Learning from your classmates


I attended USC for my undergraduate degree, so I am accustomed to small classes of 8-12 students where each lecture depends heavily on class discussion.  The online format has not diminished the quality of my interactions with classmates.  If anything, the online format has enhanced the experience by allowing students of all ages from all over the country and from all kinds of different backgrounds to be in the same class together.


The basic class structure is the same as it would be in a brick-and-mortar situation.  You can see your teacher, you can see your classmates (although, you also see yourself!), there is a whiteboard for notes, a chatbox for writing to one another, and a button to press to raise your hand.  There is also a desktop sharing feature, which recently enabled one of my teachers to show us a short video during class about Homeboy Industries and gang prevention education that she had access to on her computer.  This would be the equivalent of her turning on a projector and screen in the classroom and all of us watching a video together.


Every class session I am reminded of the benefits of having a diverse group of peers.  One classmate just graduated from college and is living in New York City, another is an ex-long haul trucker living in rural Oregon, someone else is in Alaska, someone used to be in the military, someone has already been teaching for 10 years, and a number of my classmates are parents with small children, who work full-time as well as study full-time.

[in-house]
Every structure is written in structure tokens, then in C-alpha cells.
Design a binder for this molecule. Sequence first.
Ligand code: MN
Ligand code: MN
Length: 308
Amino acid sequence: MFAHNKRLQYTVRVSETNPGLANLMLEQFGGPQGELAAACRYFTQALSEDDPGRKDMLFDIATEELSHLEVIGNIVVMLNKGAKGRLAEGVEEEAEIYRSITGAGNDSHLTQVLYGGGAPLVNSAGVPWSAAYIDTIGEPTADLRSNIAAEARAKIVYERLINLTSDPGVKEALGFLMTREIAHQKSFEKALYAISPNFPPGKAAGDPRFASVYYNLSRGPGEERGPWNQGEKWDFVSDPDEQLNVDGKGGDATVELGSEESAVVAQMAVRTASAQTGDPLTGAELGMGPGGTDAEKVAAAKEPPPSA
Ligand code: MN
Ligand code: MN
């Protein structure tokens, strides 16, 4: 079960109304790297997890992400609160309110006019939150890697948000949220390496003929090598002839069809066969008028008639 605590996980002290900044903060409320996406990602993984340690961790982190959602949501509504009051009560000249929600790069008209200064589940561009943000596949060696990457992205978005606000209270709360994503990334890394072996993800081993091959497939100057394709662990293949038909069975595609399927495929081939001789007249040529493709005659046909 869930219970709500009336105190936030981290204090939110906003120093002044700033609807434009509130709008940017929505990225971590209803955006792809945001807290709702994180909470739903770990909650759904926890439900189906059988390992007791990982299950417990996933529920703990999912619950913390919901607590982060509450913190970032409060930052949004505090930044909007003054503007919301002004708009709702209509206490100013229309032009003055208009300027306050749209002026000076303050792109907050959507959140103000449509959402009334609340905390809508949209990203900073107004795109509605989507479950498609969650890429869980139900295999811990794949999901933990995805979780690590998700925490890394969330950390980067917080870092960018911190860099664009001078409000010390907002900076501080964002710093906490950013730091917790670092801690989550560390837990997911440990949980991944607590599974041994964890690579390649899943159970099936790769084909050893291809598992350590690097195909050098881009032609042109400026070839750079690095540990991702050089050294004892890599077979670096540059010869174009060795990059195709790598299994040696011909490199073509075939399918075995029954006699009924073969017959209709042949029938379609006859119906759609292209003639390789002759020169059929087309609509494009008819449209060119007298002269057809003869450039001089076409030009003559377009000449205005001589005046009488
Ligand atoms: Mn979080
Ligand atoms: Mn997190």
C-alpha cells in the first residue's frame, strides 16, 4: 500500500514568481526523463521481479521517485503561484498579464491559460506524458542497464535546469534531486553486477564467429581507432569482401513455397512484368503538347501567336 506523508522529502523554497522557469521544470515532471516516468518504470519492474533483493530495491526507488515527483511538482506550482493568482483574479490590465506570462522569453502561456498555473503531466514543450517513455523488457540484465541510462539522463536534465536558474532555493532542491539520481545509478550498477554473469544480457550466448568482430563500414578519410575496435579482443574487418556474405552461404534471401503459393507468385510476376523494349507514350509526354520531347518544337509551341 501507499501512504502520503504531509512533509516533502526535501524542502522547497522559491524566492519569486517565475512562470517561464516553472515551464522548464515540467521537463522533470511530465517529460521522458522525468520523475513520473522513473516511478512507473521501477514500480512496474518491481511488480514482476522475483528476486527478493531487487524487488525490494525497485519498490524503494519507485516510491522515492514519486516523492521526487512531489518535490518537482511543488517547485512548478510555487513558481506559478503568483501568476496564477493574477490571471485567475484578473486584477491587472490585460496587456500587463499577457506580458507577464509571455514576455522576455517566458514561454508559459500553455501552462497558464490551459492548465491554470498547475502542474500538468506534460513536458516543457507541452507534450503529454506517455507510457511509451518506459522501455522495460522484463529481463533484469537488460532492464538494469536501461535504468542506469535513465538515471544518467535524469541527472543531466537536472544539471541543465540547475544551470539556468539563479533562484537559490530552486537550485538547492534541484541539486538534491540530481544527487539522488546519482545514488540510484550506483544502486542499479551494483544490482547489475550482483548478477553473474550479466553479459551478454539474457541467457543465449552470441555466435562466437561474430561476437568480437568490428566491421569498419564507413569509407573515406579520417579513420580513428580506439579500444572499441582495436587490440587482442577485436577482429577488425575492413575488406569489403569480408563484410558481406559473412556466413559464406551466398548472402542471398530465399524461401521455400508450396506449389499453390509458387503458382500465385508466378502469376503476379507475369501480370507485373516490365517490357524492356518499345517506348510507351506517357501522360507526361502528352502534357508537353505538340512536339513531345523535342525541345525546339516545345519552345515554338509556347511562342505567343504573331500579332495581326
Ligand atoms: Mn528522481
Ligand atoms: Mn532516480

These are all experiences that we bring to the classroom and share in the form of stories and opinions and perspectives.  I like to think about it this way: In addition to our varied professional and personal lives, each class represents first-hand educational experiences from about ten different states over the span of three to four decades.  That is a lot of combined experience that we all bring to the table…or should I say computer screen?

Anissa is seeking her CA teaching credentials to become a single subject English teacher.